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The Tenacious Blog

Industry Insights from Experts & Everymen

Smoke signals are passé, newspapers are for packing glassware, and landlines are as popular as phone booths now. To get the skinny on safety, you gotta read The Tenacious Blog for the latest news and info on industry topics, trends, regulations, and more.

17 May 16

ANSI 105 & EN 388: What You Need to Know!

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Technology At Work - Trades Gloves

It’s hard for your hand protection program to be fully compliant unless you’ve got a handle on the most current rules and regulations.

There are two major global standards used to evaluate the protection levels of work gloves: ANSI/ISEA 105 (U.S. Standard) and EN 388 (EU Standard). It should be noted that EN 388 is also commonly cited in other parts of the world such as Canada, AUS/NZ and South America. In 2015-2016, significant changes were made to both.

Infographic - Gloves

Both standards test work gloves for protection from the following mechanical risks:

  • Abrasion Resistance = Abrasion Resistance
  • Cut Resistance = Cut Resistance
  • Tear Resistance = Tear Resistance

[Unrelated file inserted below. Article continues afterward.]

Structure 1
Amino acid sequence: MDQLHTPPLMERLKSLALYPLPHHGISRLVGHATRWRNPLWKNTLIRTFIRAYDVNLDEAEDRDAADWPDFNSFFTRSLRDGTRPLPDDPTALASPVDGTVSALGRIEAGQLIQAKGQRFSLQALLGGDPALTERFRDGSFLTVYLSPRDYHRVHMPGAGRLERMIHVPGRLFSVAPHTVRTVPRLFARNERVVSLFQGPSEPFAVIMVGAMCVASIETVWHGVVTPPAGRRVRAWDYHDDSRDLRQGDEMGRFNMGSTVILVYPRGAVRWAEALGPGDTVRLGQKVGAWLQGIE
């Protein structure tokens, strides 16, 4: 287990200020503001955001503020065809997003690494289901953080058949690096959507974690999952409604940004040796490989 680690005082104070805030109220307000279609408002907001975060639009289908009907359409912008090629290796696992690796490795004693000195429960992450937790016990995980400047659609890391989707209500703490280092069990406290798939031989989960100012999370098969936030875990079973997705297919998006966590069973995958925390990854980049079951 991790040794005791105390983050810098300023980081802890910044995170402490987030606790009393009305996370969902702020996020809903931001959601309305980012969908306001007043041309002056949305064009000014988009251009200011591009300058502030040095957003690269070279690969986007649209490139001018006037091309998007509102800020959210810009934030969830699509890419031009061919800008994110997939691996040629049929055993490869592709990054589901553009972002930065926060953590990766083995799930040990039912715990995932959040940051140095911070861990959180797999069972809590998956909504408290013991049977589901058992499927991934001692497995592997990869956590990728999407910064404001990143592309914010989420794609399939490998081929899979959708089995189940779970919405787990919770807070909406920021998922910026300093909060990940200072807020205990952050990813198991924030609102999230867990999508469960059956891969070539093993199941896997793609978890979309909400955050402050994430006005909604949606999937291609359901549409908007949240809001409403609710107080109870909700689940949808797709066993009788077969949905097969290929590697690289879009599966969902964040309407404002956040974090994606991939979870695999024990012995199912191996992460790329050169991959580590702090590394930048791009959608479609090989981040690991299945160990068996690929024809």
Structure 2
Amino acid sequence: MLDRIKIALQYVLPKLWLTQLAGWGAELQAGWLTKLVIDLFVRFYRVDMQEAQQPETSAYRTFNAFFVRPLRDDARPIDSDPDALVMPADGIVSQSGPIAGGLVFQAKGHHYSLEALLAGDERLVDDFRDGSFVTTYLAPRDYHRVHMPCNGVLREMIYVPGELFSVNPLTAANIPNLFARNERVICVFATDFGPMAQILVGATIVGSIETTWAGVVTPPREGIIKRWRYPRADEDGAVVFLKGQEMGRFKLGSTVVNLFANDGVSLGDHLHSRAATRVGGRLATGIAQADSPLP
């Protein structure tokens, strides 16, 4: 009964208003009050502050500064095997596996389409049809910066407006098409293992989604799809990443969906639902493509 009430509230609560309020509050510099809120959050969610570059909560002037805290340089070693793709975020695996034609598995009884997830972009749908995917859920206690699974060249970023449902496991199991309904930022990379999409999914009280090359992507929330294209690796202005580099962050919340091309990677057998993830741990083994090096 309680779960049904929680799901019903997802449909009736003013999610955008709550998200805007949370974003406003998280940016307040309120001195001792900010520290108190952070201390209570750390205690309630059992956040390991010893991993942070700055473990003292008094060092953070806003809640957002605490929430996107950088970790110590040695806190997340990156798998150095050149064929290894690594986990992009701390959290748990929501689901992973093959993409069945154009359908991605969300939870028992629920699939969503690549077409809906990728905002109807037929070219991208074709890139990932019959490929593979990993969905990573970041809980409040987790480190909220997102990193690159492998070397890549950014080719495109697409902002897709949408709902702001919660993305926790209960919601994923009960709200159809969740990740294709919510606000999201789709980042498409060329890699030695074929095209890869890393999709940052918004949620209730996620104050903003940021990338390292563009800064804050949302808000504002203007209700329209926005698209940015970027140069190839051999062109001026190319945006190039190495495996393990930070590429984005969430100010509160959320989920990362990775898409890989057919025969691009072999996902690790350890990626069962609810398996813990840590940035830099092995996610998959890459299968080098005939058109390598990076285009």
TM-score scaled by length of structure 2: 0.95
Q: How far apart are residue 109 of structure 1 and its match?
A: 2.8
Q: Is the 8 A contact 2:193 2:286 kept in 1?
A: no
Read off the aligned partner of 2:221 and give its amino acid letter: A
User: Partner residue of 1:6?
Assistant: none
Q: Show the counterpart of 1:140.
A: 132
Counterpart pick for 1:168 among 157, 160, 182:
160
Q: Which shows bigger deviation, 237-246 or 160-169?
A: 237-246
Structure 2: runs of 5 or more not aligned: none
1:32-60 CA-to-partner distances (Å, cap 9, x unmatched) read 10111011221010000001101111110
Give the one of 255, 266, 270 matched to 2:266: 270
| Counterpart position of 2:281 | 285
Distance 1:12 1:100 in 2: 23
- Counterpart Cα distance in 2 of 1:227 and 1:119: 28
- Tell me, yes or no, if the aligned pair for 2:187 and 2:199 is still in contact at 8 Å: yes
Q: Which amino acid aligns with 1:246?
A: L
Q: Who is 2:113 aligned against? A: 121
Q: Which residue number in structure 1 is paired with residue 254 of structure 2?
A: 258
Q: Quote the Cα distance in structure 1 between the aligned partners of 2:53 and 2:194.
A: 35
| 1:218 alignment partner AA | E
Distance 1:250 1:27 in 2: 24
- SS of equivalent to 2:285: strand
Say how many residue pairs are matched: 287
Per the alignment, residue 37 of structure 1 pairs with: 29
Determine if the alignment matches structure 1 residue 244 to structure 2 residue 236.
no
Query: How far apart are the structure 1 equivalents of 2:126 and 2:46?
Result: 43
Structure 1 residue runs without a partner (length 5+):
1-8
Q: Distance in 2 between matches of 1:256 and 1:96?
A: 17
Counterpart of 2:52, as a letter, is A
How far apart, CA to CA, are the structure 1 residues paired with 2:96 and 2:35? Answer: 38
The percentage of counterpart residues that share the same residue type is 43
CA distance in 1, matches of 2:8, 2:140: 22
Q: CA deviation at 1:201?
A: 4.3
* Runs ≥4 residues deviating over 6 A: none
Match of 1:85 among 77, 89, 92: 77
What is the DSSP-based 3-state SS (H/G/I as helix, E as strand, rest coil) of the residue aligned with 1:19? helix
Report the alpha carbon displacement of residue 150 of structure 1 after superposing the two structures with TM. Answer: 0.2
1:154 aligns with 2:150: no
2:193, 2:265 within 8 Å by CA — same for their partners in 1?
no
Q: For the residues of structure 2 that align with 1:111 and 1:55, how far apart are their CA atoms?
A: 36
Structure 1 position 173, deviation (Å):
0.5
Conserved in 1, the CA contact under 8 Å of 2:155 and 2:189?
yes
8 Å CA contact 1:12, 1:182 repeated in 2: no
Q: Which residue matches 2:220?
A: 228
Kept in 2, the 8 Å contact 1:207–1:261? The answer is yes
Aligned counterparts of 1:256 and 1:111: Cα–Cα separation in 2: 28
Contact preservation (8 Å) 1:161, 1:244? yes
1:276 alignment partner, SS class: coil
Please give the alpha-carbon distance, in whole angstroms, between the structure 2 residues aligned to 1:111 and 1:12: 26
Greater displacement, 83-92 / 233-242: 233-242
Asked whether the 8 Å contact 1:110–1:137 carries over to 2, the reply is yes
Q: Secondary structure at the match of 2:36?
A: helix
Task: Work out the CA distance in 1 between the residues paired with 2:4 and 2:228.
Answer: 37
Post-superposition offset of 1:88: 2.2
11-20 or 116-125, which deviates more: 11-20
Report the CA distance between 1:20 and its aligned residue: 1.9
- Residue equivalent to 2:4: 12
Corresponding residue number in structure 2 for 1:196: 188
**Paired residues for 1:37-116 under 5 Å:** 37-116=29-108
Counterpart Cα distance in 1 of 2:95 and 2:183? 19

• Puncture Resistance = Puncture Resistance

While all of these are important, resistance to cut is king!

The ANSI/ISEA 105 standard was updated in 2016 and contains a new cut protection test: ASTM F2292-15. In this test a machine known as a tomodynamometer, or TDM, pulls a blade in 20mm paths across a glove’s surface under varied gram loads and measures the weight needed to cut through. Previous editions of ANSI/ISEA 105 had five levels of cut resistance, whereas the new ANSI/ISEA 105-2016 has nine.

EN 388 is in the final stages of being revised from a 2003 edition to what will likely be a 2016.  This new version of the EN standard will specify two new different cut tests, the second test to be performed depending on the results of the first:

  • START HERE – EN Blade Cut: A machine called a Coupe Tester uses a rotating blade under a fixed weight that moved back and forth on glove surface until cut through and then compares results to reference fabric. However if a highly cut resistant glove material dulls coupe tester blade, the standard states that the ISO 13997 cut test should be used.
  • ISO 13997: Like the ASTM test used in ANSI/ISEA 105, the ISO test used a TDM Machine and pulls a blade in 20mm paths across a glove’s surface under varied gram loads and measures the weight needed to cut through in Newtons. ASTM & ISO Cut Tests now allow for a more accurate comparison of a glove’s level of cut resistance when tested to either global standard

To download our handy infographic above, click here. As Ergodyne continues to refresh and improve the ProFlex® Glove Line, look for more enhanced cut protection as well as protection from other mechanical risks such as abrasion, tear, puncture, and impact as we continue to provide superior hand protection for workers worldwide.